A PROBLEM FOR SIMULATION JOBS
Events at Old Dominion University's Virginia Modeling, Analysis and Simulation Center (VMASC) provided the kind of glimpse rarely offered into the world of a sprawling industry still struggling to find its footing.
As the demonstrations at VMASC's north Suffolk campus showed, the potential for modeling and simulation is - pardon the pun - virtually unlimited. The technology can be applied to solve all sorts of problems across all kinds of industries. Hundreds gathered to swap ideas and discuss applications, as well as to hear Gov. Bob McDonnell tout their efforts to solve complex problems.
"When we talk about modeling and simulation," the governor said, "you see computers; I see jobs."
There are lots of jobs. The governor noted, as The Pilot's Sarah Kleiner Varble reported Thursday, that in Virginia, 10,300 people work in modeling and simulation in the private sector, and another 4,600 do so for the government and military.
Unfortunately, it's impossible to know exactly how many people across the country actually do this kind of critical, high-tech work, much less how many might be engaged in it in the future.
Despite years of efforts, industry proponents haven't been able to persuade the federal government to classify modeling and simulation as a distinct occupational group.
It seems like a small matter, but the big result is an industry that can affect countless occupations, that can become a field of study - graduate and undergraduate programs are now offered at ODU - but cannot be quantified in the workplace. That makes it difficult to show students and businesses the impact modeling and simulation has on industry, defense, health care, utilities, transportation, land-use planning, technology.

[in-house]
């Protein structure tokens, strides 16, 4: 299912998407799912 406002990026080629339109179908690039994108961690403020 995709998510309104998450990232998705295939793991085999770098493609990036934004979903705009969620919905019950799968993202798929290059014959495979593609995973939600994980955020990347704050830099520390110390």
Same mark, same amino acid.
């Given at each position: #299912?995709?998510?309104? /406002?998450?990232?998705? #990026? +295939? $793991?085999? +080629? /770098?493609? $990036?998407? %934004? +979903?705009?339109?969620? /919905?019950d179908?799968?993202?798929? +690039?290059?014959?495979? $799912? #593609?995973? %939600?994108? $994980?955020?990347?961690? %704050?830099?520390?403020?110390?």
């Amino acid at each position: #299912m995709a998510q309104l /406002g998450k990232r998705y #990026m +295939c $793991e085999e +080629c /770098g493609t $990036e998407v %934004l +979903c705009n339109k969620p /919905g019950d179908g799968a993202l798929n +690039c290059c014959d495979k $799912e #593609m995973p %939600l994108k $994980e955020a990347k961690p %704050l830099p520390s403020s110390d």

"Because it's pervasive, people kind of take it for granted," said Fred Lewis, a retired rear admiral and former president of the National Training and Simulation Association.
Lewis and others at last week's event intend to push again next year, when a public comment period opens, to persuade the federal Bureau of Labor Statistics and other federal agencies to change their position in 2018, when they finally meet again to revise the classification system.
Federal policymakers are, unsurprisingly, behind the curve. As far back as 2007, Congress acknowledged the industry's importance through a House resolution introduced by Chesapeake Republican Rep. Randy Forbes that recognized it as a "national critical technology."
The struggle for greater recognition, however, indicates a reluctance in Washington to relinquish an antiquated model of its own: bureaucratic inertia.
Published on: November 1, 2012